Thursday, January 23, 2014

Searching for the Elusive Extreme Weather

The previous post raised -- again -- the issue of whether global warming (ahem, climate change) causes more extreme weather.  The US Environmental Protection Agency says "no"; indeed, in the lower 48 states, the greatest concentration of "heat waves" was in the 1930s:

If anything, global warming has created more pleasant summers:

"But what about storms?", I hear you say.  There's been no increased precipitation in the U.K., and storms haven't gotten stronger. Now comes a new study in the Hydrological Sciences Journal confirming the obvious (citations omitted): 
[R]eporting on hydro-meteorological disasters has improved significantly because of a denser satellite network, the Internet and international media, whereas earthquakes were recorded globally from terrestrial stations.  These improvements have introduced a bias in information access through time, which need to be addressed in trend analysis.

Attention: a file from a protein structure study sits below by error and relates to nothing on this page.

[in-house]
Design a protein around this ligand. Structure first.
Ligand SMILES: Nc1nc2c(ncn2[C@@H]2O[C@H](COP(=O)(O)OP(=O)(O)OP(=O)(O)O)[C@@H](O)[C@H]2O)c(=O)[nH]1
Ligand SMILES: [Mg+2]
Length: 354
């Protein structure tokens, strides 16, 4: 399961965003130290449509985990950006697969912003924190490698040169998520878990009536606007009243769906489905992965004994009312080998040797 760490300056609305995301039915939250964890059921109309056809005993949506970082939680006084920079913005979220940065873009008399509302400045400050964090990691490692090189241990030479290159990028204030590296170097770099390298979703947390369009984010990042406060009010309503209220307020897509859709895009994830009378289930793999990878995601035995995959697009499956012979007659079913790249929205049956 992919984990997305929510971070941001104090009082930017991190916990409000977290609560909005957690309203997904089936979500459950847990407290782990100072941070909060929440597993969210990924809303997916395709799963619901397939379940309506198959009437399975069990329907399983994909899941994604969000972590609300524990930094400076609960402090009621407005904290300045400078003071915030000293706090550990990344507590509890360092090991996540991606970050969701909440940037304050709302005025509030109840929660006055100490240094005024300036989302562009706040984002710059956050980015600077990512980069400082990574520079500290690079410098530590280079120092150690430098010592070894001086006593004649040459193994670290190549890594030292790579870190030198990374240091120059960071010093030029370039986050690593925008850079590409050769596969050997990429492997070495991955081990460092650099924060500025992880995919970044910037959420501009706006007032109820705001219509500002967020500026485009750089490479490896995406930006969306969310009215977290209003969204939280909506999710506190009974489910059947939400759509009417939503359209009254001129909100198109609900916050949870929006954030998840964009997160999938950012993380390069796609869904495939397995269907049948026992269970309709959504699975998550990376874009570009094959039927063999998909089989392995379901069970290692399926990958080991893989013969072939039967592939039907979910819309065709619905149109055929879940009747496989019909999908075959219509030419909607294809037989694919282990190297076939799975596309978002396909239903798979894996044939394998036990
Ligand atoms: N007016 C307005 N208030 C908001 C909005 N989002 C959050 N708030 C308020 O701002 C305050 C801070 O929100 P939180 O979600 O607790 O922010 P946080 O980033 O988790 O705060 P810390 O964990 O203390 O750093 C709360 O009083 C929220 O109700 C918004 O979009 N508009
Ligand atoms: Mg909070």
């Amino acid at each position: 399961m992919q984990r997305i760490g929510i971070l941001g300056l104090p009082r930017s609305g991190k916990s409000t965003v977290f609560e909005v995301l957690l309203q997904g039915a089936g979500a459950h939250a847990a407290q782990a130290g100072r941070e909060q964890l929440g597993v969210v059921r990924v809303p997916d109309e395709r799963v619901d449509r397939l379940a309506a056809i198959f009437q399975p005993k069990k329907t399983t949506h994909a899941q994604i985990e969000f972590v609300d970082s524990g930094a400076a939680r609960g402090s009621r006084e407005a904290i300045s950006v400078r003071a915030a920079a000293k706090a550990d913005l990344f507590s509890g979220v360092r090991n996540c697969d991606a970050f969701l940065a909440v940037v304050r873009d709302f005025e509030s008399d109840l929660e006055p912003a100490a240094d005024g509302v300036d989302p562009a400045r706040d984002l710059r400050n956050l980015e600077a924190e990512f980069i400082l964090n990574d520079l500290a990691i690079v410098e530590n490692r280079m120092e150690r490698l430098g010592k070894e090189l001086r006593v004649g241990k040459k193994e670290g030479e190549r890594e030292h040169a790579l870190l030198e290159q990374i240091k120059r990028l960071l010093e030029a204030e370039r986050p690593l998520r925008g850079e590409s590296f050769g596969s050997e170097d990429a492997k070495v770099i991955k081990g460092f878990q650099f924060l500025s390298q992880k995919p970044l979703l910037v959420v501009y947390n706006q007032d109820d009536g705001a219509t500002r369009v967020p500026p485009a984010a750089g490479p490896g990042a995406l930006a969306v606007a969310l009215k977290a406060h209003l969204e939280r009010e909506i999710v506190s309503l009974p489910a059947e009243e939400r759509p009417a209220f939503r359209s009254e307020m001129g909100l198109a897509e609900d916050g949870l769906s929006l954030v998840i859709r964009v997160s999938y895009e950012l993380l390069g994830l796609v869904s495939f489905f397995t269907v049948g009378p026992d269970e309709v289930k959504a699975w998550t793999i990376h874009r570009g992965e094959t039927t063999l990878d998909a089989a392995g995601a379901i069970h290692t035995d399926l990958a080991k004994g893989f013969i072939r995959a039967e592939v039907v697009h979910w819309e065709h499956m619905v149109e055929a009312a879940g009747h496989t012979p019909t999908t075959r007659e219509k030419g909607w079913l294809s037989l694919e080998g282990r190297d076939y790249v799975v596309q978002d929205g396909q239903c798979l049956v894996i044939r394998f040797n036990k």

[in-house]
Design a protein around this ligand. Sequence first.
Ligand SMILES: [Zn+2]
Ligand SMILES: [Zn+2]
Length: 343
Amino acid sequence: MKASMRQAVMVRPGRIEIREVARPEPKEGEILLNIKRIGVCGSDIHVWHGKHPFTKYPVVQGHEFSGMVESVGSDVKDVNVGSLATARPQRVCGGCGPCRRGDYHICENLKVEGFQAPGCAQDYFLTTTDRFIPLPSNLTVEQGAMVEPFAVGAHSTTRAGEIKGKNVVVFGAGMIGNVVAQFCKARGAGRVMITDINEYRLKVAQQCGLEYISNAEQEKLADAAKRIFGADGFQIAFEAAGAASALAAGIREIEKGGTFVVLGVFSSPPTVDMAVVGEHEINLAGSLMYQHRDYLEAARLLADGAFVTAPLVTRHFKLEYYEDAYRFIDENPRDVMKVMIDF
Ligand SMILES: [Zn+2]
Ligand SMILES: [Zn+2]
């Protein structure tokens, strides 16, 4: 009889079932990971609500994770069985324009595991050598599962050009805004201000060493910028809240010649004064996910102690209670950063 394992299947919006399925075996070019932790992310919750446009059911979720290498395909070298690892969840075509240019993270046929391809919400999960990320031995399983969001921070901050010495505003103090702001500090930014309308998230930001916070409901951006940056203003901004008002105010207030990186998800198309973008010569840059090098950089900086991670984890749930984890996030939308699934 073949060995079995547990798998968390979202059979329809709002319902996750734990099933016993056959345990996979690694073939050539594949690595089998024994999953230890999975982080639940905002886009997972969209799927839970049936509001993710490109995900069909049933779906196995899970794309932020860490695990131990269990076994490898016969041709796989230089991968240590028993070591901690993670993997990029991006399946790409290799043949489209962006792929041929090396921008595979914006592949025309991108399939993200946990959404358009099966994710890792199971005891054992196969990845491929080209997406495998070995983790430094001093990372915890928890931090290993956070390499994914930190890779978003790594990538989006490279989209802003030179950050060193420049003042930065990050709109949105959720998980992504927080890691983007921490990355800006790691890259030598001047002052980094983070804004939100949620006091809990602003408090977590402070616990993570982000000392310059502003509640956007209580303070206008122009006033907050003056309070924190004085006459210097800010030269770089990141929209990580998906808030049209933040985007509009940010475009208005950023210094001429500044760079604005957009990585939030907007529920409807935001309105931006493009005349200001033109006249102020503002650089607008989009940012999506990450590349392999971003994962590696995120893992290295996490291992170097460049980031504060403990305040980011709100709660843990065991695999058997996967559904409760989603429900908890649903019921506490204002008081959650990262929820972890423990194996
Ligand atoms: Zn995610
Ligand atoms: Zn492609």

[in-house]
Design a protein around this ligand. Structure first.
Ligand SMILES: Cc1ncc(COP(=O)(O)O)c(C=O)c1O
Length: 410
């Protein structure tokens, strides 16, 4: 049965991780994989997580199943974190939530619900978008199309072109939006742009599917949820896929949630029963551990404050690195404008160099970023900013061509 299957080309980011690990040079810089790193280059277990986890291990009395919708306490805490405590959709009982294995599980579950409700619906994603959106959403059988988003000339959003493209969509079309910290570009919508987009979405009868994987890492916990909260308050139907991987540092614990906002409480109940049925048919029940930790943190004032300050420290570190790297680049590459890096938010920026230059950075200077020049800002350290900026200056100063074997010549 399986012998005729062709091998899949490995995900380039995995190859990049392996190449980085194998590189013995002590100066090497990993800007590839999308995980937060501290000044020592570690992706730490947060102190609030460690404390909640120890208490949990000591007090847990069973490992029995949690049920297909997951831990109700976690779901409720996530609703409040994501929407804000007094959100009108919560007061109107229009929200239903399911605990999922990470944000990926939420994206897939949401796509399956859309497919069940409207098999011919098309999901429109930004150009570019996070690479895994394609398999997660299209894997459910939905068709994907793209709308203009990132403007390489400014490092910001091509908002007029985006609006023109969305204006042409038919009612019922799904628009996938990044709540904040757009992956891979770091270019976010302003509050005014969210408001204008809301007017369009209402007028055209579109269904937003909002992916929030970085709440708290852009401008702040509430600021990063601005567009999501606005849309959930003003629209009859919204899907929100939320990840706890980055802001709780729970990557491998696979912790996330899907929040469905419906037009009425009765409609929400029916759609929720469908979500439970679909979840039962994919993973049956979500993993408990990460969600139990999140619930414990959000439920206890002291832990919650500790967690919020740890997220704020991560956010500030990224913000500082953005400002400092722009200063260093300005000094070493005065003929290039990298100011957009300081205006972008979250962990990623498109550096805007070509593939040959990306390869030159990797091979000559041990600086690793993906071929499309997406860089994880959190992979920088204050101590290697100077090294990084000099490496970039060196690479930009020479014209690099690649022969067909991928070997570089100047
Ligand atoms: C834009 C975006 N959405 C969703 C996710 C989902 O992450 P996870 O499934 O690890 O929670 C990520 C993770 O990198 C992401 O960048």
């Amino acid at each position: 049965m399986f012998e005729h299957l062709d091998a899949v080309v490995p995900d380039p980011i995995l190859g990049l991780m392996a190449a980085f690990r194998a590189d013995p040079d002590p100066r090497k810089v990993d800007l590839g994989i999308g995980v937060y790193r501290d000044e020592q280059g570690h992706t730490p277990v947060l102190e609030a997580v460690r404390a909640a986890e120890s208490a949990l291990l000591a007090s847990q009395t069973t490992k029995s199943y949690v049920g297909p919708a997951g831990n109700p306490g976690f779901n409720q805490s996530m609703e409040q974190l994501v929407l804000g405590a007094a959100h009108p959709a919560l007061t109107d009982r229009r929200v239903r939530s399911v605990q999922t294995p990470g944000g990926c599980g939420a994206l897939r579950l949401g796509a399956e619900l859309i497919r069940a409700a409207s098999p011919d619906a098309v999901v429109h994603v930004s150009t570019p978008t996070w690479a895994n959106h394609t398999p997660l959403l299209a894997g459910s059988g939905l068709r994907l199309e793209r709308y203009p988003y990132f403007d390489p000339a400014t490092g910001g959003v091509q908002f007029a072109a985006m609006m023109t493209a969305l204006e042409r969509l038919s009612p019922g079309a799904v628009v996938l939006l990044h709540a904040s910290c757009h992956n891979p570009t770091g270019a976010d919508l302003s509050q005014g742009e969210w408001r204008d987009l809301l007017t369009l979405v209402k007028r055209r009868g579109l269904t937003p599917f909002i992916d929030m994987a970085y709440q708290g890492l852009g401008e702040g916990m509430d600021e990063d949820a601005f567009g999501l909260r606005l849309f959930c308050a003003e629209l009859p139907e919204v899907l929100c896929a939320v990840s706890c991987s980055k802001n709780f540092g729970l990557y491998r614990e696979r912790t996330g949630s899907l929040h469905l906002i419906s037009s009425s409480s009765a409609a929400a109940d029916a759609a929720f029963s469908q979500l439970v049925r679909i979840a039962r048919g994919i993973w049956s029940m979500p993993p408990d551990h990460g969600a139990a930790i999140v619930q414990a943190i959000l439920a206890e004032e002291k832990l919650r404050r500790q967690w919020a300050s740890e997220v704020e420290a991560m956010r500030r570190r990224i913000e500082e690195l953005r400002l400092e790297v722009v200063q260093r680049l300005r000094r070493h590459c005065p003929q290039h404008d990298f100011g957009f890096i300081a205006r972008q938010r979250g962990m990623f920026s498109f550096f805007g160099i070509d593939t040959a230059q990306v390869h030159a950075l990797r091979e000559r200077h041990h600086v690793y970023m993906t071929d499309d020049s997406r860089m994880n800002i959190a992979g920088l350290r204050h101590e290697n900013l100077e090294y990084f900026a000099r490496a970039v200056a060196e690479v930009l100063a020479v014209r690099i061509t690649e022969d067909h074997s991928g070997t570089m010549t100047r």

Sure, property losses from floods and hurricanes have increased dramatically.  But that's because of ever denser lowland and sea-coast building, and near-free flood insuranceIn sum, the study concludes, "The scientific community needs to emphasize that the problem of flood losses is mostly about what we do on or to the landscape and that will be the case for decades to come."  In other words, stop trying to "cure" natural climate variability and focus on amelioration or adaptation.

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